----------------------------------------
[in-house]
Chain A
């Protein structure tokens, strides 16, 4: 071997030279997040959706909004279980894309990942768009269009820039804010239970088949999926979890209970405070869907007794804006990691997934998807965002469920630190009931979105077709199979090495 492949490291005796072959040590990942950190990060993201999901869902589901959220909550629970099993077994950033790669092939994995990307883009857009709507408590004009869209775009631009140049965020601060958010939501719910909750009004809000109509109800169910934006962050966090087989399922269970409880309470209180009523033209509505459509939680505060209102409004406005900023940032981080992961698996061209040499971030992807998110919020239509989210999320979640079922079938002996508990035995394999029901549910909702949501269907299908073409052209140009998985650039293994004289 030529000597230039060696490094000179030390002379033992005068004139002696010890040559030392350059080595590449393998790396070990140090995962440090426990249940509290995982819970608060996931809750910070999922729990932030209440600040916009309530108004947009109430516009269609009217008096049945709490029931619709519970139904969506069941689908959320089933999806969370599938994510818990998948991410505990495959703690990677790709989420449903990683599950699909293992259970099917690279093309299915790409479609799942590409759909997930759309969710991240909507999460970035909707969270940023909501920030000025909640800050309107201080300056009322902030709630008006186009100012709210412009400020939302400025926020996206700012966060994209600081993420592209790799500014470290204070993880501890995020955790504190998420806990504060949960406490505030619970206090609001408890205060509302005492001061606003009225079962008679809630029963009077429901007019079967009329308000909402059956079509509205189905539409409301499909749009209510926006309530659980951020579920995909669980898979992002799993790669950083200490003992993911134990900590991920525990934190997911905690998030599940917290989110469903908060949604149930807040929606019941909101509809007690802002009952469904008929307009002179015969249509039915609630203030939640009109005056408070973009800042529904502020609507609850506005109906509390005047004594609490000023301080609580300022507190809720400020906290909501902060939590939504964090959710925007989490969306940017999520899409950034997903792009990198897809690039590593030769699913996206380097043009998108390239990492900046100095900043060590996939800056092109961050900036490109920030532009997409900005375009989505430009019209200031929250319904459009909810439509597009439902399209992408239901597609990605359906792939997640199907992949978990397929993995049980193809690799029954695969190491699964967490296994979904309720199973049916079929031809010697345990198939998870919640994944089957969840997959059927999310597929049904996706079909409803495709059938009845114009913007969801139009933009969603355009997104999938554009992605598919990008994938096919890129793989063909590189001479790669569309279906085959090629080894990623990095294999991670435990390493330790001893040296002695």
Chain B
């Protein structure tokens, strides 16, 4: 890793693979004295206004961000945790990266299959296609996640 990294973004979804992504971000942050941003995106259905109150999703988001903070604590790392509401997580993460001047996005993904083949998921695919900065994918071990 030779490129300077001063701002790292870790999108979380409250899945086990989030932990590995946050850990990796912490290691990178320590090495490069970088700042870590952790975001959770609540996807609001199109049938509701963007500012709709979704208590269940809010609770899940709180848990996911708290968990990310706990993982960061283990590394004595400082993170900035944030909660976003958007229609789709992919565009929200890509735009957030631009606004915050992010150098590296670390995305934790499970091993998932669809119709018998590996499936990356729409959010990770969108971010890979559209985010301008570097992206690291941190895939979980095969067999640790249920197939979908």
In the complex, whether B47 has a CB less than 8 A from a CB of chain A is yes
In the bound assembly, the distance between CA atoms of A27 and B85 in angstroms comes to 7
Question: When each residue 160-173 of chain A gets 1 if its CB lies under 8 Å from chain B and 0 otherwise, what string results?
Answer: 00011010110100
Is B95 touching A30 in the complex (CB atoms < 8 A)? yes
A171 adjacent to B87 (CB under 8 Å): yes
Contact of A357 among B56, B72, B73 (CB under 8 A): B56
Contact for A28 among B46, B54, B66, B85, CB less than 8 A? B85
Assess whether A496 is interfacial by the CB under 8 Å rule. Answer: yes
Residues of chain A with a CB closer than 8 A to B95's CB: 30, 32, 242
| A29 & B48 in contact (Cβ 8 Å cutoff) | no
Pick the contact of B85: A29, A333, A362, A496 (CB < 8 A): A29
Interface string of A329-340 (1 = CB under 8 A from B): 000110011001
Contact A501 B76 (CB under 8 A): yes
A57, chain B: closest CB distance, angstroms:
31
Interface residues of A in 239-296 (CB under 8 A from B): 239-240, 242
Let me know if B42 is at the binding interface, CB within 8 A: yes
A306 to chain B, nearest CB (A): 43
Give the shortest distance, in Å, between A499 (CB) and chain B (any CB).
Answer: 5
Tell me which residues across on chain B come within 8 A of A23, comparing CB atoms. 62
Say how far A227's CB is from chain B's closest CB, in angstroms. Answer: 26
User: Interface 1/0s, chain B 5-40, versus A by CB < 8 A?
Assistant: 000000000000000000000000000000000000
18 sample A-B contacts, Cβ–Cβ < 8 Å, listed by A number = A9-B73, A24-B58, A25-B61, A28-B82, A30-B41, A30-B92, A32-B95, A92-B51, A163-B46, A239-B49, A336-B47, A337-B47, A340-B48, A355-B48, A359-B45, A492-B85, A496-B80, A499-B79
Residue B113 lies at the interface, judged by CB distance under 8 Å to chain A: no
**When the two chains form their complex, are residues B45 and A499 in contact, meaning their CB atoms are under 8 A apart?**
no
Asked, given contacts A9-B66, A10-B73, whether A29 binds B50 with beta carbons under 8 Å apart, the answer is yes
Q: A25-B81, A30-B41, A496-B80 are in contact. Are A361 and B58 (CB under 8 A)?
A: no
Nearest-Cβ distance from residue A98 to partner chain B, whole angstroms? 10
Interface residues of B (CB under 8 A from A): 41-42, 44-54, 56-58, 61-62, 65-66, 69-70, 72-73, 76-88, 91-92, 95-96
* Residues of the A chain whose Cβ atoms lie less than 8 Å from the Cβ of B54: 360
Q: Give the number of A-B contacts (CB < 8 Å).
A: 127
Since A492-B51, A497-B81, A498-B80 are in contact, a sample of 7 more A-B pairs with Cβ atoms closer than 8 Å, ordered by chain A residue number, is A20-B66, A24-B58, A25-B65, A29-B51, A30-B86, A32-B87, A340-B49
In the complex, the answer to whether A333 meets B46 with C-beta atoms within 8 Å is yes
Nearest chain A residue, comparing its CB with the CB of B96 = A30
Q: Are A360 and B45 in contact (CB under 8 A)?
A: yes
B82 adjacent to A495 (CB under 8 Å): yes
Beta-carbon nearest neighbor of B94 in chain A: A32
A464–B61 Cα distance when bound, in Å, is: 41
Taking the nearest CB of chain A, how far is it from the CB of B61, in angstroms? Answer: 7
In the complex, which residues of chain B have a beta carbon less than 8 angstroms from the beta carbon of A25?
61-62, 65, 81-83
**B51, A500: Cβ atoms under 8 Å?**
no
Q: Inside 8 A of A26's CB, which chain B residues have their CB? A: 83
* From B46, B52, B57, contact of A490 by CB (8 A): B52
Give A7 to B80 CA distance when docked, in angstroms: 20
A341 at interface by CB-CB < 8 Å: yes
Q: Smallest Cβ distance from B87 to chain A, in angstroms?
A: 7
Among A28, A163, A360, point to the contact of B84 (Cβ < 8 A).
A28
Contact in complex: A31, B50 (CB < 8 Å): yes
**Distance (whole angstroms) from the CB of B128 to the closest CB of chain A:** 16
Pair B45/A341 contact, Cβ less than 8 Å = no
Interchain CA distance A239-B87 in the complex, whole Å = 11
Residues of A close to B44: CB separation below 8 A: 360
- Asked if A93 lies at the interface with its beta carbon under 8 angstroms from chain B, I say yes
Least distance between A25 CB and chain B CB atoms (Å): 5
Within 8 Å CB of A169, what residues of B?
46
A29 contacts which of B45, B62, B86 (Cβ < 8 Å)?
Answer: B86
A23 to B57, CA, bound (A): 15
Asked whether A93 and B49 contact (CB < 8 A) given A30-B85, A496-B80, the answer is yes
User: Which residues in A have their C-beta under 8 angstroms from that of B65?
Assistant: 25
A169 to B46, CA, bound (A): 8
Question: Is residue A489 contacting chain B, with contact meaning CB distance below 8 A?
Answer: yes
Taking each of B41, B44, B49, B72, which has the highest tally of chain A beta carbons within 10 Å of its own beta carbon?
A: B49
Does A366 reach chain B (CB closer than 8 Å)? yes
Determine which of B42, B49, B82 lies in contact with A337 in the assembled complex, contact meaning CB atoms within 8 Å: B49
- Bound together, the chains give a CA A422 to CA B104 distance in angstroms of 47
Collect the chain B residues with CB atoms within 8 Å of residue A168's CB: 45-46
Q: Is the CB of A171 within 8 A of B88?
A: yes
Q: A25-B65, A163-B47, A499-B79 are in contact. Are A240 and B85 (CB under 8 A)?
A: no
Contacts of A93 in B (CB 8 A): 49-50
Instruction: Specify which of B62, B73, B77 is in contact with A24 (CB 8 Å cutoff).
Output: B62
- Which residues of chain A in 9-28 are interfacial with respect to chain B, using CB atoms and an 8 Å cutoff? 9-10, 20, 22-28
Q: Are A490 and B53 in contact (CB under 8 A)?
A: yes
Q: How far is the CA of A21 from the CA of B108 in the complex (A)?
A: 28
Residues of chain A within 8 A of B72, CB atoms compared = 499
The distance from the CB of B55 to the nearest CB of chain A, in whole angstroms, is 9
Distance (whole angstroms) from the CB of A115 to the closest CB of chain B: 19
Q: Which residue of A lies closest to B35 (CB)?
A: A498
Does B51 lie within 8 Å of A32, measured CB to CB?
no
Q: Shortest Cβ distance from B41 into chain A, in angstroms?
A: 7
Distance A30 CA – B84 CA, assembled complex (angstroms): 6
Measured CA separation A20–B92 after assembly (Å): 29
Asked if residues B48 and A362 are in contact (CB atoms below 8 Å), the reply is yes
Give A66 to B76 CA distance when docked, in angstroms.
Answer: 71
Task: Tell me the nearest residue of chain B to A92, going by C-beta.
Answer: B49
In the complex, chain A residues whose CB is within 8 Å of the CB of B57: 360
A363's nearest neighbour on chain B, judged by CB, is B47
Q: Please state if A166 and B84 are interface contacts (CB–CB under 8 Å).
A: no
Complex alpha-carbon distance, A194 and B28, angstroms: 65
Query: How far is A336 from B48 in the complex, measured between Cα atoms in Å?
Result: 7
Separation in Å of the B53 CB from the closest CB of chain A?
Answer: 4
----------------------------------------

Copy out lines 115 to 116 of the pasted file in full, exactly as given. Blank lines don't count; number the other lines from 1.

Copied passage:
Answer: B49
In the complex, chain A residues whose CB is within 8 Å of the CB of B57: 360